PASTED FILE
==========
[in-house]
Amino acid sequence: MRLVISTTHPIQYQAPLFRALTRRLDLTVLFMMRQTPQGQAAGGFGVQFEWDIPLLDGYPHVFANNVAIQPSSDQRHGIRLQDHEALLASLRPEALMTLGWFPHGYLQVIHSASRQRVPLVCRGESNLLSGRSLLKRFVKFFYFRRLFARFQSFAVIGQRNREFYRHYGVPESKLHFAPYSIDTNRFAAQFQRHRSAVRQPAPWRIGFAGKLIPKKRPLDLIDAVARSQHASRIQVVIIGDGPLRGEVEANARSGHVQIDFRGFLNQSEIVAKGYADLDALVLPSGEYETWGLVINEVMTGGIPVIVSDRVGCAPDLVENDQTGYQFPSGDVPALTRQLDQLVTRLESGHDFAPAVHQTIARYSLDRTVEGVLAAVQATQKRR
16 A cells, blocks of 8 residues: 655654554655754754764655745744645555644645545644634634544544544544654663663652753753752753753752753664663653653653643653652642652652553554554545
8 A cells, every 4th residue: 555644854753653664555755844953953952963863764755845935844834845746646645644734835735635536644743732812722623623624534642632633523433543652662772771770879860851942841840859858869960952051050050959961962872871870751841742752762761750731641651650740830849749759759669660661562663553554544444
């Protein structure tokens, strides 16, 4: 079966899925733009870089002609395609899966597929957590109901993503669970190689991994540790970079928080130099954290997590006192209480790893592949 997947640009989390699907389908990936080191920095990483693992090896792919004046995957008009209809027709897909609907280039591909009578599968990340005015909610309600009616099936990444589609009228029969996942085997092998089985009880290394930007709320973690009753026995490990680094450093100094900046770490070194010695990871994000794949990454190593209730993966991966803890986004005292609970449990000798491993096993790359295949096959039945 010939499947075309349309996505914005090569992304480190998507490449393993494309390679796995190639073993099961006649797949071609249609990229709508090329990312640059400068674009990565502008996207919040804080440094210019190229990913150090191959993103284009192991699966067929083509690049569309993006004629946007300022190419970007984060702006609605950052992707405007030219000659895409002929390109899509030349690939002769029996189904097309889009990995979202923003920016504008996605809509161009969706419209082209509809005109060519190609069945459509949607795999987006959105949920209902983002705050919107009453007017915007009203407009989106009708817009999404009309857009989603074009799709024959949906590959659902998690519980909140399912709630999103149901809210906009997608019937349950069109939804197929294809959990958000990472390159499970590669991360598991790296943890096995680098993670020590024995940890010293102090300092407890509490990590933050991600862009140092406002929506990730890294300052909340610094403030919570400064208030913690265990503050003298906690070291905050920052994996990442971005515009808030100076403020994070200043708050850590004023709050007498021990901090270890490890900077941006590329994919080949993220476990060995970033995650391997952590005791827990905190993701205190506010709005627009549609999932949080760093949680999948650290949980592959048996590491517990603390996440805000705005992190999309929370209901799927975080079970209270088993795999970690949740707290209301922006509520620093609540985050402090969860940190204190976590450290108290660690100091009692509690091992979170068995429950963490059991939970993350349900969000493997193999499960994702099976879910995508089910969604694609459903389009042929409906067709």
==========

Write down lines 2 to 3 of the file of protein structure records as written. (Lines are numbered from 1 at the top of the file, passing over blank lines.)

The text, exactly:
Amino acid sequence: MRLVISTTHPIQYQAPLFRALTRRLDLTVLFMMRQTPQGQAAGGFGVQFEWDIPLLDGYPHVFANNVAIQPSSDQRHGIRLQDHEALLASLRPEALMTLGWFPHGYLQVIHSASRQRVPLVCRGESNLLSGRSLLKRFVKFFYFRRLFARFQSFAVIGQRNREFYRHYGVPESKLHFAPYSIDTNRFAAQFQRHRSAVRQPAPWRIGFAGKLIPKKRPLDLIDAVARSQHASRIQVVIIGDGPLRGEVEANARSGHVQIDFRGFLNQSEIVAKGYADLDALVLPSGEYETWGLVINEVMTGGIPVIVSDRVGCAPDLVENDQTGYQFPSGDVPALTRQLDQLVTRLESGHDFAPAVHQTIARYSLDRTVEGVLAAVQATQKRR
16 A cells, blocks of 8 residues: 655654554655754754764655745744645555644645545644634634544544544544654663663652753753752753753752753664663653653653643653652642652652553554554545